As I mentioned earlier, you can conduct a home burial in South Carolina and set up a family burial plot on your own land. If you opt for a designated municipal, private, community or church cemetery, it would be wise to thoroughly check any cemetery regulations before committing to a burial plot. Burial vaults are NOT required by law, but many cemeteries require burial vaults or liners as part of their regulations. Cemetery regulations also govern such things as fees and arrangements for opening and closing a burial plot, guidelines for what kind of marker can be erected and what kind of perpetual care is included. It is wise to have thoroughly checked all regulations before purchasing a plot.
Can I pre-plan a funeral or cremation? How does South Carolina state law govern preneed plans?
Yes, you can pre-plan a funeral or cremation plan. This is what is generally referred to as ‘preneed’. In South Carolina only a licensed funeral director (employed by a licensed funeral home) can sell preneed contracts and these are held in a trust fund.
Before you purchase any preneed contract do carefully check the provisions, and what consumer protection and refund on cancellation there is.
Although we at US Funerals Online believe that preplanning a funeral can save tremendous stress for surviving family, we do advocate that prepaying for a funeral must be very thoroughly considered. Apart from funeral scams, there have been trust funds that have failed to pay out adequately. It can be far safer to set up a POD account and deposit an appropriate amount to cover funeral expenses that the POD beneficiary can withdraw upon death. You can read more about this in our related articles below.
What are the laws for scattering ashes in South Carolina?
According to SC stature Section 32-8-345 it is the crematory or licensed funeral establishment that has responsibility for the final disposition of cremated remains. Cremated remains may be disposed of by “placing in a grave, crypt, niche, by scattering them in a scattering area, or in any manner on the private property of a consenting owner. If cremated remains are disposed of on public lands or water, all state and federal laws apply.”
Some state parks do allow ash scattering as long as it is conducted away from public areas and no memorial or shrine is erected at the scattering site. Only biodegradable materials can be used. In most cases the state park does not require a permit. It is suggested you scatter at least 100 yards from any trail, body of water or developed facility.
If you wish to scatter off the coast of South Carolina at sea, you should observe the Environmental Protection Agency (EPA) guidelines that a sea burial must be conducted 3 nautical miles off the coast. South Carolina is in Region 4 of the EPA and contact details can be found on the EPA website.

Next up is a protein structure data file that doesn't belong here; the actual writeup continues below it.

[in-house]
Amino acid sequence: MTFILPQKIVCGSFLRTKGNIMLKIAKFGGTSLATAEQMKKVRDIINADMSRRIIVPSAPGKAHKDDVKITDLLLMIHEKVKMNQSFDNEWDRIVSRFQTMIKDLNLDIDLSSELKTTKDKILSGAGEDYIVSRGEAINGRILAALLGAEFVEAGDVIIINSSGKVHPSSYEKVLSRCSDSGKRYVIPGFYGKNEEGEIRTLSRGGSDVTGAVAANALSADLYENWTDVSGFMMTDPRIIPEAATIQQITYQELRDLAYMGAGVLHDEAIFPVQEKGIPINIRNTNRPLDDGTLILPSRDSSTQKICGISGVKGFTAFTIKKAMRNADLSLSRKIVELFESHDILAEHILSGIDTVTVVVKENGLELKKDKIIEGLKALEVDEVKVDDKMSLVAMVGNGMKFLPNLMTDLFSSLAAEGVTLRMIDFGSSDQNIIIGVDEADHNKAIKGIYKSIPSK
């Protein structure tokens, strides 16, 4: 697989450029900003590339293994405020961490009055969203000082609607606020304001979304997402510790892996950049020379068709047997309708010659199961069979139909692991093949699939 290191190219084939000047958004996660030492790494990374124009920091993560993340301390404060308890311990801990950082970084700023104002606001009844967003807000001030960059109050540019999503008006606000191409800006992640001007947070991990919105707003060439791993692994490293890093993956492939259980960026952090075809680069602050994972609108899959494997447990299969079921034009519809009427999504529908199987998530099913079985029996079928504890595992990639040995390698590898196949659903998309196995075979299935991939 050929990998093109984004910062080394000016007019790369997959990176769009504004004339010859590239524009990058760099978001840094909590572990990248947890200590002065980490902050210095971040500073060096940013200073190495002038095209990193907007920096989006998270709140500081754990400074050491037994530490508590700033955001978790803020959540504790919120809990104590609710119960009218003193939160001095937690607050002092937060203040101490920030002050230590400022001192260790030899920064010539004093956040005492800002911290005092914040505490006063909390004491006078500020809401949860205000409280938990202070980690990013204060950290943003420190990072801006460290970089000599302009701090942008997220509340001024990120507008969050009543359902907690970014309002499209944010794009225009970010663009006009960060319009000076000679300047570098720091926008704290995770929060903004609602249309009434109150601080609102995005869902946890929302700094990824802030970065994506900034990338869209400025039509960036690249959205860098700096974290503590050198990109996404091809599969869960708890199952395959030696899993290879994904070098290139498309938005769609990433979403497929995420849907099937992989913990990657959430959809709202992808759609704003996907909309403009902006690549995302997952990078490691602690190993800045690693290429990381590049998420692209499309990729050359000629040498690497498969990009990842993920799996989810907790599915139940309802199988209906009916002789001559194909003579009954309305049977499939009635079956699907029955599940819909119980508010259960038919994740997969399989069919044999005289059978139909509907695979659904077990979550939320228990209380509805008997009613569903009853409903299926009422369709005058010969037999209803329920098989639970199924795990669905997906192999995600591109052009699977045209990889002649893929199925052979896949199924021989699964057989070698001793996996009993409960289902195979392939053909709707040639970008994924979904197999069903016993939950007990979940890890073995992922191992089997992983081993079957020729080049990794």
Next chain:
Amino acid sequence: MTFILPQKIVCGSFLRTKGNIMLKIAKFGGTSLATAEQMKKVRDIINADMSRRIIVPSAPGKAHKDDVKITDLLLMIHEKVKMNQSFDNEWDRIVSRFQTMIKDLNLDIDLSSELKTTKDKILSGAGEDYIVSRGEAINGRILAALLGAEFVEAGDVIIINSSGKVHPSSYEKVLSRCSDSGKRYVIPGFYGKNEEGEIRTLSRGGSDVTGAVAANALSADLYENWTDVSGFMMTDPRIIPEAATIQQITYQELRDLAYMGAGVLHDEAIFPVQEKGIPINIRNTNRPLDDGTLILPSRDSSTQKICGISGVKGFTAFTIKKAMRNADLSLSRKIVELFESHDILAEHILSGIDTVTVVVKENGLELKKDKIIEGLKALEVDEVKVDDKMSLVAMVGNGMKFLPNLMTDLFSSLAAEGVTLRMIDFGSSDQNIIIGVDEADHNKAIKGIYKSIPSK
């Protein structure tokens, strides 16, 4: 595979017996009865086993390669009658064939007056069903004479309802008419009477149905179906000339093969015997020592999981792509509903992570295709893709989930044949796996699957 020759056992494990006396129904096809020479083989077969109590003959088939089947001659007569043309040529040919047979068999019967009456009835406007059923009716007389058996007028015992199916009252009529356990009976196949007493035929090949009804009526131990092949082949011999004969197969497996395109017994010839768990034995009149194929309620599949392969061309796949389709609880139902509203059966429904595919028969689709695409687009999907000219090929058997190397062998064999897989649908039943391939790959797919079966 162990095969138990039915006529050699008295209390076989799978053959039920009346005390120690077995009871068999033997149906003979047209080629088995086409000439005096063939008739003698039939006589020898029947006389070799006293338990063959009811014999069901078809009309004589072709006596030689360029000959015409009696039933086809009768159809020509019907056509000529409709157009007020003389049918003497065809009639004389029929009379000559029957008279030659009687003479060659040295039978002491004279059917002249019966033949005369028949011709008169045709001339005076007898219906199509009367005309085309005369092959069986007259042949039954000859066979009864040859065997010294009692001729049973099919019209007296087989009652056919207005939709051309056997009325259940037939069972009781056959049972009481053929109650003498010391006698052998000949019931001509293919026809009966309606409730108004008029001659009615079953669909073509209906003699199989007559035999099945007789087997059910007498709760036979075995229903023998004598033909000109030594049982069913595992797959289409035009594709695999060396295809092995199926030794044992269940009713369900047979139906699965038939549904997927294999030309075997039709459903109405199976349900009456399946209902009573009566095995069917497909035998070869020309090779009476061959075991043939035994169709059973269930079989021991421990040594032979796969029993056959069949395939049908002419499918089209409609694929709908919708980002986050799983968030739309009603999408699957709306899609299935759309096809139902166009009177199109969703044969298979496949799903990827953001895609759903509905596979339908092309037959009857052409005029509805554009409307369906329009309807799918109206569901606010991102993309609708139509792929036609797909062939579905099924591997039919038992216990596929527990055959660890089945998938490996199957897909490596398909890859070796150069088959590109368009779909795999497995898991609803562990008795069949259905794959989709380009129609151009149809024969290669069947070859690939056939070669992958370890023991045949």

The scattering of cremated remains is still somewhat of an ‘un-policed’ matter, and you should use common-sense guidelines. Cremated remains are basically organic, sterile matter and so are of no detriment or harm to the environment. So long as you are not scattering anywhere that could offend someone, you should feel free to conduct a scattering wherever you chose.
You should note that many cemeteries have set up ‘scattering gardens’ to facilitate the scattering of remains, however, they will want to charge you for this, as they will to inter ashes within a pre-existing gravesite, or even to scatter on top of an existing burial plot. If you truly wish to scatter ashes, with no requirement for a designated interment, you should be able to do it without incurring a cost.
What help is available with funeral/ cremation expenses in South Carolina?
We are being asked this question frequently today as many folks struggle to pay out funeral costs. There is, unfortunately, very limited assistance. Social Security pays out a lump sum death benefit of $255 (if you qualify), and veteran’s and certain dependents are entitled to certain benefits. A veteran is entitled to a free cemetery plot and grave marker and US flag. Dependents may be entitled to a burial plot. There are 3 VA cemeteries in South Carolina, in Beaufort, Columbia and Florence. There is also a state-run veteran’s cemetery at Anderson. To find out more about veteran’s benefits contact your local VA office.
If you are concerned about paying for a funeral, do read our article about what are your options for how to pay for a funeral. It does provide some useful tips on alternative ways to finance funeral expenses. Most importantly, consult with support agencies and groups, and do not panic alone. Bear in mind that a simple, direct cremation or immediate burial is your most cost-effective option.
Are whole-body donations permitted in South Carolina?
Yes, you can opt to donate your body to science. There are 2 Universities that do offer anatomical donation programs. The Medical University of South Carolina in Charleston does not cover transportation costs and the family must pay for this:
Medical University of South Carolina
Department of Anatomy
171 Ashley Avenue
Charleston, SC 29425
The ‘Gift of Body Program’ at the University of South Carolina in Columbia does offer a program and will usually cover the transportation costs.
Do bear in mind that registering to donate is no guarantee that the donation will be accepted at the time of death. You should have a reserve plan.
What do you do if your loved one dies away from South Carolina?
It can be extremely stressful if a loved one should die whilst away from home. If you wish to repatriate the deceased back to South Carolina, or indeed from SC to another state or country, you will need the services of a mortuary shipper. You can read more information about this on the Funeral Shipping section of US Funerals Online.
Where do I get a copy of a death certificate from in South Carolina?
To obtain a copy of a death certificate you need to apply to South Carolina Department of Health and Environmental Control (DHEC). You must have photo ID to make an application, complete the application form and pay the $12.00 application fee. You can apply in person, by mail or online. Processing time differs depending on your method of application. In person it takes about 45 minutes, and by mail or online it can take up to 7 days. The state office is located at: 2600 Bull St., Columbia, SC 29201 Phone: (803) 898-3630. You can also apply in person through the regional or county offices. Locations can be found here.
What should you do if you have a complaint about funeral services or products you have purchased?
If you should have a grievance against a licensed funeral director or funeral home in South Carolina, you should attempt to resolve it directly with the establishment in the first instance. If you are unable to reach a resolution you can make a formal complaint to:
S. C. Department of Labor, Licensing and Regulation
Office of Investigations and Enforcement
P. O. Box 11329
Columbia, S.C. 29211
Funeral Consumer organizations in South Carolina:
The Funeral Consumers Alliance has a chapter in South Carolina. They offer consumer guidance and support.
Funeral Consumers Alliance of SC
2701 Heyward St.
Columbia, SC 29205
- Understanding the FTC’s Funeral Rule and how it affects your rights when arranging a funeral
- Glossary of Funeral Terms: How to Understand the General Price List
- What is my best and safest option for putting aside money for a funeral?